Breathtaking New Music Video Takes On Holocaust Deniers


rainbow-in-the-night-8[Video and photos below.] Living in an age where the sixty second sound bites rules and a world of information can be carried in the palm of your hand, we constantly look ahead to the next new obsession, making it more important than ever to stay connected to our roots in order to ensure that as time continues its exorable march forward, the legacy that is our past stays fresh in our minds. As the last living witnesses to the horrors of Hitler’s unspeakable schemes live out their golden years, the movement to deny the Holocaust gains momentum, seeking to eradicate one of the defining periods in Jewish history by revising the annals of history.

It is the continuity of the Jewish people that has defined us for centuries and it is incumbent upon all of us to become the voice of those who survived as their numbers continue to dwindle, sharing their story with future generations so that the lessons of the past will not soon be forgotten. Every Jewish child that is brought onto this earth is living testimony to the eternal nature of the Jewish people and the greatest revenge that could ever be brought against Hitler and his army of evildoers. Now more than ever, we must continue to forge the chain that binds us to our past, by sharing the survival of our ancestors during the darkest moments in history, with our youth, our brightest hope and our link to the future.

Rainbow in the Night, a short YouTube clip, is a brief but exceptionally powerful video created specifically for today’s fast paced generation. Using stunning cinematography, a haunting score, hard hitting lyrics and vocals that will touch the deepest recesses of the soul, this historical work offers a glimpse into World War II Krakow as seen through the eyes of a survivor. Beginning with footage of a 1939 oil painting of a synagogue being ravaged by the Nazis, shown at a private event in the survivor’s home, Rainbow in the Night is an exquisitely emotional journey, as the survivor recalls first the warmth of his childhood home, then the shock and disbelief as people are forced to leave their homes for the Krakow ghetto, taken to an extermination camp and after enduring unspeakable cruelty, finally liberated. Set against a backdrop of utter despair and hopelessness, the survivor relives the inexplicable power that enabled him to persevere, the rainbow in the figurative night that promised better days to come. Culminating triumphantly with our hope for the future, the faces of hundreds of modern day Jewish children, Rainbow in the Night is both a euphoric tribute to the indomitable human spirit that enabled the Jewish people to survive against all odds and also a call to arms, to rekindle the spark of Jewish pride and unity among Jews worldwide, as we continue to rebuild the generations that were destroyed by the Nazis.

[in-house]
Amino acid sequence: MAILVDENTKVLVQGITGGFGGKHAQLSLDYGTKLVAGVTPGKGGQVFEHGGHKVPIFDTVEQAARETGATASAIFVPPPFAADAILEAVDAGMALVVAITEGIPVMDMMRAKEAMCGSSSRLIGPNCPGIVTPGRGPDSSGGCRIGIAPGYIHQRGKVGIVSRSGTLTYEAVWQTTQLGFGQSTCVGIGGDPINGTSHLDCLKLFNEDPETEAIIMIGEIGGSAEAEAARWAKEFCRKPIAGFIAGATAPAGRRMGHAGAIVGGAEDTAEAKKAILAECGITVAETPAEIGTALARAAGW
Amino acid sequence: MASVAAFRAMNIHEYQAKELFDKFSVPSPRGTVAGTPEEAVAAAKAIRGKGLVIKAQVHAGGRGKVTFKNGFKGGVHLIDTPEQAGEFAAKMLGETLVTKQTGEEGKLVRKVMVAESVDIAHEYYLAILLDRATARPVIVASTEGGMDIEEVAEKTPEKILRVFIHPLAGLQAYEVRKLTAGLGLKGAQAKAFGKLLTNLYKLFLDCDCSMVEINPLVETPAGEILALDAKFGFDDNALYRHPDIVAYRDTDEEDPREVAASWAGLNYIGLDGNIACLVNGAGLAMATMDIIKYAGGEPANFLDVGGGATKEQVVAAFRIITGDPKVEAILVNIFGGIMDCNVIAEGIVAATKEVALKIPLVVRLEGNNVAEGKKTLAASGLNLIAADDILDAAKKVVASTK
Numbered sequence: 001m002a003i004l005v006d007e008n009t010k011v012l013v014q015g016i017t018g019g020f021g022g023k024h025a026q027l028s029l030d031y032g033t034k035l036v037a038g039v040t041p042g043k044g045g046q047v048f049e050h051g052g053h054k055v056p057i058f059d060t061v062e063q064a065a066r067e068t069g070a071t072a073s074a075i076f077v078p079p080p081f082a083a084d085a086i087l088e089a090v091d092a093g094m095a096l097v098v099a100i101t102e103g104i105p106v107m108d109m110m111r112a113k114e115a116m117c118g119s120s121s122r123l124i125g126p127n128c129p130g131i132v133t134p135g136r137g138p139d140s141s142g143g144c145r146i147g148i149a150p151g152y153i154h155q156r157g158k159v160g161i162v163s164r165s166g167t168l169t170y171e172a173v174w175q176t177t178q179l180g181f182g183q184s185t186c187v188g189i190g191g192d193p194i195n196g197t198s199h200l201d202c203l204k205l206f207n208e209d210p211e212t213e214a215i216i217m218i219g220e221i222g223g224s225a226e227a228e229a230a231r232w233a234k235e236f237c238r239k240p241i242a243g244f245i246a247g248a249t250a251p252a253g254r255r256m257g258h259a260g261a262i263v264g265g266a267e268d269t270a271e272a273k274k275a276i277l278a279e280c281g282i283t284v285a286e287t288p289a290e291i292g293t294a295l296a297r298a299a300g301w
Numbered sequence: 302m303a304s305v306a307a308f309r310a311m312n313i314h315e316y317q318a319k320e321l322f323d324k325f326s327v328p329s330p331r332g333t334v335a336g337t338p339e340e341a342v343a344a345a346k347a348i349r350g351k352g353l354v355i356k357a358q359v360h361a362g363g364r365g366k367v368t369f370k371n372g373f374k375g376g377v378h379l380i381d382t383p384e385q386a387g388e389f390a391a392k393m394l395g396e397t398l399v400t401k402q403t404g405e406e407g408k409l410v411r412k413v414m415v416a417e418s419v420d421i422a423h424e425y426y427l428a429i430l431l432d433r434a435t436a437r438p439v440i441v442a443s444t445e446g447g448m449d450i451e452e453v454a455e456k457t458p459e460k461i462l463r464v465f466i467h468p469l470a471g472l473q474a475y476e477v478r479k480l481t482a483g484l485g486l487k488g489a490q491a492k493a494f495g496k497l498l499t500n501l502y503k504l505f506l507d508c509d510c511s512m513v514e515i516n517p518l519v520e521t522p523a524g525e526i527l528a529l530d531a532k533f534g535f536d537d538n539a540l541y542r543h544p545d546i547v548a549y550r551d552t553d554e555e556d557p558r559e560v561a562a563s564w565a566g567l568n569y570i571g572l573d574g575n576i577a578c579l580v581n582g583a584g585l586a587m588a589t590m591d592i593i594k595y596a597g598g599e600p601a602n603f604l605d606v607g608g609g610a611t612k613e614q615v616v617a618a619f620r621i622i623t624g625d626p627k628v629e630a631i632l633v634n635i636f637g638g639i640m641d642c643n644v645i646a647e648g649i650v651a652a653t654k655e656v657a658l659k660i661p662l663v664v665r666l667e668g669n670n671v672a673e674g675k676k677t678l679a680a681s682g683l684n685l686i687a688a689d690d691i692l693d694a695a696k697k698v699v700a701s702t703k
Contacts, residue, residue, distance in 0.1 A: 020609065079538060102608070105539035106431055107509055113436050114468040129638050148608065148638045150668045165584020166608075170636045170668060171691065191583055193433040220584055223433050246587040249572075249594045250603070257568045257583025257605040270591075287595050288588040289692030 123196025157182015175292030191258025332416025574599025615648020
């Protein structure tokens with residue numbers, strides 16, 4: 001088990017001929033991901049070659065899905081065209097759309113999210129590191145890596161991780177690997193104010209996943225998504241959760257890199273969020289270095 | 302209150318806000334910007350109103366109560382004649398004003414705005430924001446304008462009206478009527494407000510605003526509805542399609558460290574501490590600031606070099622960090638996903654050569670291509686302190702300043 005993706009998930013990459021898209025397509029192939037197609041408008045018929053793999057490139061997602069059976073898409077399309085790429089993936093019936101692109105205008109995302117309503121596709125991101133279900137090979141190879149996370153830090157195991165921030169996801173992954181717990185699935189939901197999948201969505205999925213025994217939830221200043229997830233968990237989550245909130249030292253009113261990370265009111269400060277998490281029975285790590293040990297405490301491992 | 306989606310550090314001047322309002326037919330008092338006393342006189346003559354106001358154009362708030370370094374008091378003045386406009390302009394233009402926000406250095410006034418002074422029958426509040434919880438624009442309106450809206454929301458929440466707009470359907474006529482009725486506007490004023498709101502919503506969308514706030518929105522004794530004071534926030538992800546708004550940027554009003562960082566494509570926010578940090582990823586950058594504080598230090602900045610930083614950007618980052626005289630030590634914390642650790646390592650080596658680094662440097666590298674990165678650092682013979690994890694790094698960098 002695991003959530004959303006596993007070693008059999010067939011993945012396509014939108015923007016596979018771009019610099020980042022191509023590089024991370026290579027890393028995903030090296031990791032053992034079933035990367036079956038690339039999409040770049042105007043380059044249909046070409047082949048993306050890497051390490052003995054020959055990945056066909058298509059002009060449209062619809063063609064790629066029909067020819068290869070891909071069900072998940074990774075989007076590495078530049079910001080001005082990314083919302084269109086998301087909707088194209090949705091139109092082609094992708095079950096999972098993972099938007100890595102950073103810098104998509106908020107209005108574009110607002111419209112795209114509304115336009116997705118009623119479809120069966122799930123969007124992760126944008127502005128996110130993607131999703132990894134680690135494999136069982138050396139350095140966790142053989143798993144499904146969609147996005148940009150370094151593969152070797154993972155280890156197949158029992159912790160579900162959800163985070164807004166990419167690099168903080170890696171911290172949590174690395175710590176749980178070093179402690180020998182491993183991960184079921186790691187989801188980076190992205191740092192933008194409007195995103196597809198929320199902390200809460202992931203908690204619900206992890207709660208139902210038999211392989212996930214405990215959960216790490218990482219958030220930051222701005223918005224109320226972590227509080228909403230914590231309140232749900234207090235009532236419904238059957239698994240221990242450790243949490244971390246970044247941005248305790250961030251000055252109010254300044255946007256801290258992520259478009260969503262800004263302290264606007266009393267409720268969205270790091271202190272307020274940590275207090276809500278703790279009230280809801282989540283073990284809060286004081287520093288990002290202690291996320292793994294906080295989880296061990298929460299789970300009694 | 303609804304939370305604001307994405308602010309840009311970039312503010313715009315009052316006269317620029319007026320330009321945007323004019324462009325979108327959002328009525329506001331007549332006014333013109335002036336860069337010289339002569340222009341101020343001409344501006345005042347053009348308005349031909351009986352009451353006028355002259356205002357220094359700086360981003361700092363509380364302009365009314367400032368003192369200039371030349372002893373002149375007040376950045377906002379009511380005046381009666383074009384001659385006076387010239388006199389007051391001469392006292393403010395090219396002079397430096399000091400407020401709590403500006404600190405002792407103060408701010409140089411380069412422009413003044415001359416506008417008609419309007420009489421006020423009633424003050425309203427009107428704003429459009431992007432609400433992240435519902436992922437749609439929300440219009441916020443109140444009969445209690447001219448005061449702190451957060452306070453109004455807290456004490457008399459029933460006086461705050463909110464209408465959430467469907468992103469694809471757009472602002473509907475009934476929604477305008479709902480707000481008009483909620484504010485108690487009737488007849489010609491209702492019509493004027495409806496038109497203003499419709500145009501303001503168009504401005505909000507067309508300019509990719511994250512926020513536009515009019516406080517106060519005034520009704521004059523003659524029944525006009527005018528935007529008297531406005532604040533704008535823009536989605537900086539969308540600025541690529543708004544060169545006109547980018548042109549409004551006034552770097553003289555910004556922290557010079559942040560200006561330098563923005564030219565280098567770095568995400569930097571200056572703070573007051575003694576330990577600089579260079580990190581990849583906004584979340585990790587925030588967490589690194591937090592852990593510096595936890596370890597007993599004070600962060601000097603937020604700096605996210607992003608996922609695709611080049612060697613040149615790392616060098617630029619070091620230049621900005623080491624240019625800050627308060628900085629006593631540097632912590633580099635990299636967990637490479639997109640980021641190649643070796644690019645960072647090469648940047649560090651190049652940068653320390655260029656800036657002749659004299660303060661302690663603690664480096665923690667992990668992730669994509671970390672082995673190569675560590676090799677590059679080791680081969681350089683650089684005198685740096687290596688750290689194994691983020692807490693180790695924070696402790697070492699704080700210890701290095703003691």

Filmed in New York, Krakow and inside the Majdanek concentration camp, this first ever music video depicting the Holocaust was directed by Daniel Finkelman, with cinematography by Mauricio Arenas and produced by both Finkelman and Arenas. With a stirring title track written and composed by executive producer Cecelia Margules and sung by legendary tenor Cantor Yaakov Lemmer, Rainbow in the Night is an epic historical work that will allow the voices of survivors to be heard for generations to come.

Click below to watch:

See below for photos:

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  1. Will Matzav be making this video accessible to people who have filters that block YouTube?
    I would very much appreciate if you do, thank you.

  2. this is one of the most amazing things iv ever seen i hope it goes viral it shook me to my core i actually had tears in my eyes and got the chills. so proffesionally done wow. what a wonderful way to remember and never forget. kudos, thank you.

  3. “It is the continuity of the Jewish people that have defined us for centuries”. This statement is misguided, rather IT IS WHAT DEFINED US FOR CENTURIES WHICH GIVES US OUR CONTINUITY, namely that we are THE PEOPLE OF THE BOOK, THE BOOK OF TORAH. Without the Torah, you can say “never again” all you want, but it would be pointless, for they wouldn’t need to do it again, for they would have already won, R”L.

  4. I used to wonder how people could deny the Holocaust, until 9/11 happened. If people could deny basic truths of what happened there, and forgive the Arabs for the terrible crimes perpetuated, then I realized, anyone can rewrite history even if it happened yesterday.
    Hashem Yinkom Damam

  5. I need to agree with #6. Too many things going on here in too short a period of time. Yaakov Lemmer has one of the best voices ever, but the message is quite confusing.

    Alteh Bucher